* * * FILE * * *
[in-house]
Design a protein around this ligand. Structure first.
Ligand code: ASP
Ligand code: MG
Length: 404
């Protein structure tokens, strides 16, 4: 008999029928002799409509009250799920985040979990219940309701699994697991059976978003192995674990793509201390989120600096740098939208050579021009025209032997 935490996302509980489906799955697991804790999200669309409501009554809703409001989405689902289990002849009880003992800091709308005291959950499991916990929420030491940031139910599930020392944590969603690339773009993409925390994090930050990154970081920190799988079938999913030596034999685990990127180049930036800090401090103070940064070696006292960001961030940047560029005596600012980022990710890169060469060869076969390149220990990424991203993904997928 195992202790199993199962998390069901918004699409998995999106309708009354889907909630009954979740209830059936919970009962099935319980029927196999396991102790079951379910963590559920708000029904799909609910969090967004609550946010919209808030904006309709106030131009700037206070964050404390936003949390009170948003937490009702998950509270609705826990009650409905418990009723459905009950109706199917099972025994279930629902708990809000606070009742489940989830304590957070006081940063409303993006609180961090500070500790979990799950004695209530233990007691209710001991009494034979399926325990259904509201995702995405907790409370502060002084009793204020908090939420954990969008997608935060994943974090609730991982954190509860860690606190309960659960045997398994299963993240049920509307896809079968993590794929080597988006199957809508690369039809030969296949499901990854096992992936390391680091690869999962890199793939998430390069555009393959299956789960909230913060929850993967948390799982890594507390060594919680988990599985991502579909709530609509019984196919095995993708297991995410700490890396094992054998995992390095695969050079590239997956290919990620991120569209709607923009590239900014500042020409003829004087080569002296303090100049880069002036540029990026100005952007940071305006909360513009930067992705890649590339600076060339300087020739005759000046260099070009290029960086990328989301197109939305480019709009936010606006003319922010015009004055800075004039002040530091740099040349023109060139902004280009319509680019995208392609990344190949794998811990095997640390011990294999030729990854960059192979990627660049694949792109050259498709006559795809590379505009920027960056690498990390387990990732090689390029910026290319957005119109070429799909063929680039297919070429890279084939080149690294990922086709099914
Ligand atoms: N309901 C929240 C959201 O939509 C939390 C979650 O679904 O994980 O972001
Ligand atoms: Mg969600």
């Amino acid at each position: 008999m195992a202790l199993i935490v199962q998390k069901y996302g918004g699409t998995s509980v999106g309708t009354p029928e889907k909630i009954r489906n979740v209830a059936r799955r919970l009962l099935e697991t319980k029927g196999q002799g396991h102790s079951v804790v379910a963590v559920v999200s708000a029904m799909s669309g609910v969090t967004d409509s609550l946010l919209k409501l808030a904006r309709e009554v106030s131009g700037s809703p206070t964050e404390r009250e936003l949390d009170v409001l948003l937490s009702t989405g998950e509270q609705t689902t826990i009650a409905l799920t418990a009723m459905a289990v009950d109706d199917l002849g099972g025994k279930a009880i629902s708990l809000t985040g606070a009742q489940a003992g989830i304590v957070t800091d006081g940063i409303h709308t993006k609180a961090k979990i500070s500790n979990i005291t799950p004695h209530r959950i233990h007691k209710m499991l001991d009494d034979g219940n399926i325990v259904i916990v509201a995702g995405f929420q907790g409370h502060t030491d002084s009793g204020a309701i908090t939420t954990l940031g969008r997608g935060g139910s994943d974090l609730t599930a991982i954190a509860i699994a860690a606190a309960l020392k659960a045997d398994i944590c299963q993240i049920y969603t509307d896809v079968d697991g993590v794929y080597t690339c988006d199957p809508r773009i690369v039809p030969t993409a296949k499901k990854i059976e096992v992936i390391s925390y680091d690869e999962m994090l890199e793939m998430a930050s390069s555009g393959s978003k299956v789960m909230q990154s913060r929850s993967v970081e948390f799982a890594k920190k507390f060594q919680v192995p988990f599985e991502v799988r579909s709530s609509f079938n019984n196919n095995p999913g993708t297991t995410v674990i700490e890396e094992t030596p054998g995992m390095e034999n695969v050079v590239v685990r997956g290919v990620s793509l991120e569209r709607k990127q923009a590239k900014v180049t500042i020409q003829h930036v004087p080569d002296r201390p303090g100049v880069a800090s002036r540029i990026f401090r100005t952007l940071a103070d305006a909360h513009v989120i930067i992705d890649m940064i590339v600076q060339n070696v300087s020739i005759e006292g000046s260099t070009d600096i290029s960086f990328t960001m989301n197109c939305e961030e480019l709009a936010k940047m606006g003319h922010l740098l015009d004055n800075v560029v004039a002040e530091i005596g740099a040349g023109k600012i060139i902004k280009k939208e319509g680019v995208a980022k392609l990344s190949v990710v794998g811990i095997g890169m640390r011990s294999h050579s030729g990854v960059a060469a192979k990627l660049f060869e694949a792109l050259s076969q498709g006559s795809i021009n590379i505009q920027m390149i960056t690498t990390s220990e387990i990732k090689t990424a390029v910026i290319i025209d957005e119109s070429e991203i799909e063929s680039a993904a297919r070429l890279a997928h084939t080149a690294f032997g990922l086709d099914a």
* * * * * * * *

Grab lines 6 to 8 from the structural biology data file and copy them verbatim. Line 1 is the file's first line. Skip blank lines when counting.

């Protein structure tokens, strides 16, 4: 008999029928002799409509009250799920985040979990219940309701699994697991059976978003192995674990793509201390989120600096740098939208050579021009025209032997 935490996302509980489906799955697991804790999200669309409501009554809703409001989405689902289990002849009880003992800091709308005291959950499991916990929420030491940031139910599930020392944590969603690339773009993409925390994090930050990154970081920190799988079938999913030596034999685990990127180049930036800090401090103070940064070696006292960001961030940047560029005596600012980022990710890169060469060869076969390149220990990424991203993904997928 195992202790199993199962998390069901918004699409998995999106309708009354889907909630009954979740209830059936919970009962099935319980029927196999396991102790079951379910963590559920708000029904799909609910969090967004609550946010919209808030904006309709106030131009700037206070964050404390936003949390009170948003937490009702998950509270609705826990009650409905418990009723459905009950109706199917099972025994279930629902708990809000606070009742489940989830304590957070006081940063409303993006609180961090500070500790979990799950004695209530233990007691209710001991009494034979399926325990259904509201995702995405907790409370502060002084009793204020908090939420954990969008997608935060994943974090609730991982954190509860860690606190309960659960045997398994299963993240049920509307896809079968993590794929080597988006199957809508690369039809030969296949499901990854096992992936390391680091690869999962890199793939998430390069555009393959299956789960909230913060929850993967948390799982890594507390060594919680988990599985991502579909709530609509019984196919095995993708297991995410700490890396094992054998995992390095695969050079590239997956290919990620991120569209709607923009590239900014500042020409003829004087080569002296303090100049880069002036540029990026100005952007940071305006909360513009930067992705890649590339600076060339300087020739005759000046260099070009290029960086990328989301197109939305480019709009936010606006003319922010015009004055800075004039002040530091740099040349023109060139902004280009319509680019995208392609990344190949794998811990095997640390011990294999030729990854960059192979990627660049694949792109050259498709006559795809590379505009920027960056690498990390387990990732090689390029910026290319957005119109070429799909063929680039297919070429890279084939080149690294990922086709099914
Ligand atoms: N309901 C929240 C959201 O939509 C939390 C979650 O679904 O994980 O972001
Ligand atoms: Mg969600």